EGF-mediated inhibition of ubiquitin-specific peptidase 24 expression has a crucial role in tumorigenesis

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Abstract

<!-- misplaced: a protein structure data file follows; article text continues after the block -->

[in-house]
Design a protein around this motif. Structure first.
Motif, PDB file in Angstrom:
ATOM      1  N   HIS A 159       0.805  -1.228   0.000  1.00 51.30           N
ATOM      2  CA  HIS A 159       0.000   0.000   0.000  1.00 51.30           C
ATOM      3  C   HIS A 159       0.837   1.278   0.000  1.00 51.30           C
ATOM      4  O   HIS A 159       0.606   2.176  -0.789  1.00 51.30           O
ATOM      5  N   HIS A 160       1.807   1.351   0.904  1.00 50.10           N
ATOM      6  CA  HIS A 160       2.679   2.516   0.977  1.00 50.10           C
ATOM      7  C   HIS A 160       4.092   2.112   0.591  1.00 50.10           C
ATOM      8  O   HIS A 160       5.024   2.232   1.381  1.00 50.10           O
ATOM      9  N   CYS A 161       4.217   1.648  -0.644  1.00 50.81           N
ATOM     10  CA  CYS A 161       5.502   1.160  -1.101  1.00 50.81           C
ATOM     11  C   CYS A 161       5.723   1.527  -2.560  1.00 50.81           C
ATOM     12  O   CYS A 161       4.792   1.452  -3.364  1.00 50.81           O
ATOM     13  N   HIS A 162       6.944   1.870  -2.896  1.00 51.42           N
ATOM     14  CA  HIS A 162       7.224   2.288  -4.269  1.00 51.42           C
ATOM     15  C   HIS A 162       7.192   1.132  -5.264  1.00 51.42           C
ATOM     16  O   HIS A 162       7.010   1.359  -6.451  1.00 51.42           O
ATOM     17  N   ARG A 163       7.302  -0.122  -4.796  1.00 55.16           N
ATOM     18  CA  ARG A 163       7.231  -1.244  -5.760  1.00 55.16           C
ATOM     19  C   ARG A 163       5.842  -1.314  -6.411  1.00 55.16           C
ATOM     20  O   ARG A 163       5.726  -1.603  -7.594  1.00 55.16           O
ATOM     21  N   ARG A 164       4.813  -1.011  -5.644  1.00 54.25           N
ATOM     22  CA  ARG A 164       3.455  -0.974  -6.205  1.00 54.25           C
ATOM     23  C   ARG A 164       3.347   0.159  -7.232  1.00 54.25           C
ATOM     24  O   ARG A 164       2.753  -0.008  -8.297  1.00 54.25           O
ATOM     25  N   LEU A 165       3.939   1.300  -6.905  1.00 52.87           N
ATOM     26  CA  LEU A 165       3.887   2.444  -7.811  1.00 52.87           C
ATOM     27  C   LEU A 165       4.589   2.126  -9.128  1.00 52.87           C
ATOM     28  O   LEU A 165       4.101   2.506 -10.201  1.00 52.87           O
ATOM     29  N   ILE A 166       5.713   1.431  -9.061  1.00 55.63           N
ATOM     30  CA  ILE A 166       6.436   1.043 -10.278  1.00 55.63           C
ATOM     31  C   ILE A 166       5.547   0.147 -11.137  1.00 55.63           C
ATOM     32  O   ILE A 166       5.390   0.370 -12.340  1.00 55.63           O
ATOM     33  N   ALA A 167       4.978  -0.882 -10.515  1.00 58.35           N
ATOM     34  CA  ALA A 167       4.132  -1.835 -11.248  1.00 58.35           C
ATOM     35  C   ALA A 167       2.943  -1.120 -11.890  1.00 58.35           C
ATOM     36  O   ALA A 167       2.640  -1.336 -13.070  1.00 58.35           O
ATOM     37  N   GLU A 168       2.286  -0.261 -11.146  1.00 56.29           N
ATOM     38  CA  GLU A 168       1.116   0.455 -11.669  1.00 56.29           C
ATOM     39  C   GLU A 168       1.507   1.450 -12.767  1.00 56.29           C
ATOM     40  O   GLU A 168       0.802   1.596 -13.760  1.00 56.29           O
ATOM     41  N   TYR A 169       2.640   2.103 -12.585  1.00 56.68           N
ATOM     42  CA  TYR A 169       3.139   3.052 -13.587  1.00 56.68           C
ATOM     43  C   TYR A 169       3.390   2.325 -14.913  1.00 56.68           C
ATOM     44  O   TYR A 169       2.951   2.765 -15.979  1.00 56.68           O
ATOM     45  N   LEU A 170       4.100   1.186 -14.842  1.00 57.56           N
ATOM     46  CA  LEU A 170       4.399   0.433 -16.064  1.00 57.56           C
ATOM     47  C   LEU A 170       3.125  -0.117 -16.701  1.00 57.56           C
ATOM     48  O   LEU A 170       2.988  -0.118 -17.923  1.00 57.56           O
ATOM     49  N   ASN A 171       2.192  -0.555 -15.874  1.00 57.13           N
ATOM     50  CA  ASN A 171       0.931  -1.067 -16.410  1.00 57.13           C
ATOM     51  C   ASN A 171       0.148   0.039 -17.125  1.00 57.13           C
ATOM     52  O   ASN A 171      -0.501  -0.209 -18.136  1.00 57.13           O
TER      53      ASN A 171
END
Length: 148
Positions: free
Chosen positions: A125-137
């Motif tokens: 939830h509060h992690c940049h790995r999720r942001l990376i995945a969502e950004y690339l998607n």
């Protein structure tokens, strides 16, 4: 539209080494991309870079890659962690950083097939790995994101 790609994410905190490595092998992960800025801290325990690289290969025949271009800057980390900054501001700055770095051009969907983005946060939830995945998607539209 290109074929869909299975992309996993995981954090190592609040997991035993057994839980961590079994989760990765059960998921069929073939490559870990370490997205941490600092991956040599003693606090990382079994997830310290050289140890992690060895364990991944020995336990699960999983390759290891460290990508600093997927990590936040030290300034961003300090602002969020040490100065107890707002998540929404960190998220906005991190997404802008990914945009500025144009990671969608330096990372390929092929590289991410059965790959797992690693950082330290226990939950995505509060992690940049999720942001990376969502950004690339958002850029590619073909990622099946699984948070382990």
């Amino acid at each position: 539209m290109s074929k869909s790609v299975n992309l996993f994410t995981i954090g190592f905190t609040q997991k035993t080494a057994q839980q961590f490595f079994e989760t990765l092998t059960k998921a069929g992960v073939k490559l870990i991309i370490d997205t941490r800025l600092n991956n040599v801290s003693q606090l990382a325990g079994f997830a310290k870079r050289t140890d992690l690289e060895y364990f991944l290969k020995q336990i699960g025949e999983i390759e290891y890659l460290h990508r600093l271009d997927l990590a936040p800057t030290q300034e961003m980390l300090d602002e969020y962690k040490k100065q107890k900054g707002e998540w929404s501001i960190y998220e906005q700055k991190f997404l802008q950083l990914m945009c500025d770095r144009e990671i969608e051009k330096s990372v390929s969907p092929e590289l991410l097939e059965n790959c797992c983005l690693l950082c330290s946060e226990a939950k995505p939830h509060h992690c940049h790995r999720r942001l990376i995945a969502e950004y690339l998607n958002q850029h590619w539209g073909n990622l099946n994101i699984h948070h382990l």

In this study, several cancer-related proteins (Bax, p300, E2F4 and securin) have been proven to be substrates of ubiquitin-specific peptidase 24 (USP24), and relevance has been shown between USP24 and its substrates in samples from clinical lung cancer patients. Silencing USP24 increases the cancer formation by inhibiting cellular apoptosis and increasing cellular proliferation. Epidermal growth factor (EGF) treatment, and the KrasG12D and EGFRL858R mutations decrease USP24 protein stability via EGF- or CDK1-mediated phosphorylation at Ser1616, Ser2047 and Ser2604. Knockdown of USP24 decreases Bax and p300 levels, and reduces Ku70 acetylation, thereby preventing cancer cell apoptosis. In addition, knockdown of USP24 increases cell cycle progression by enhancing the G1-S transition and metaphase-anaphase transition. The molecular mechanism involves a decrease in the USP24 level, which reduces the expression of E2F4 and its partner TFDP1, and thus increases the G1/S transition. In conclusion, the USP24 level was decreased during the early stage of cancer and the mitotic stage of the cell cycle to regulate its substrates p300, Bax, E2F4 and securin, resulting in decreased cell apoptosis and increased cell cycle progression and, thus, cancer formation.

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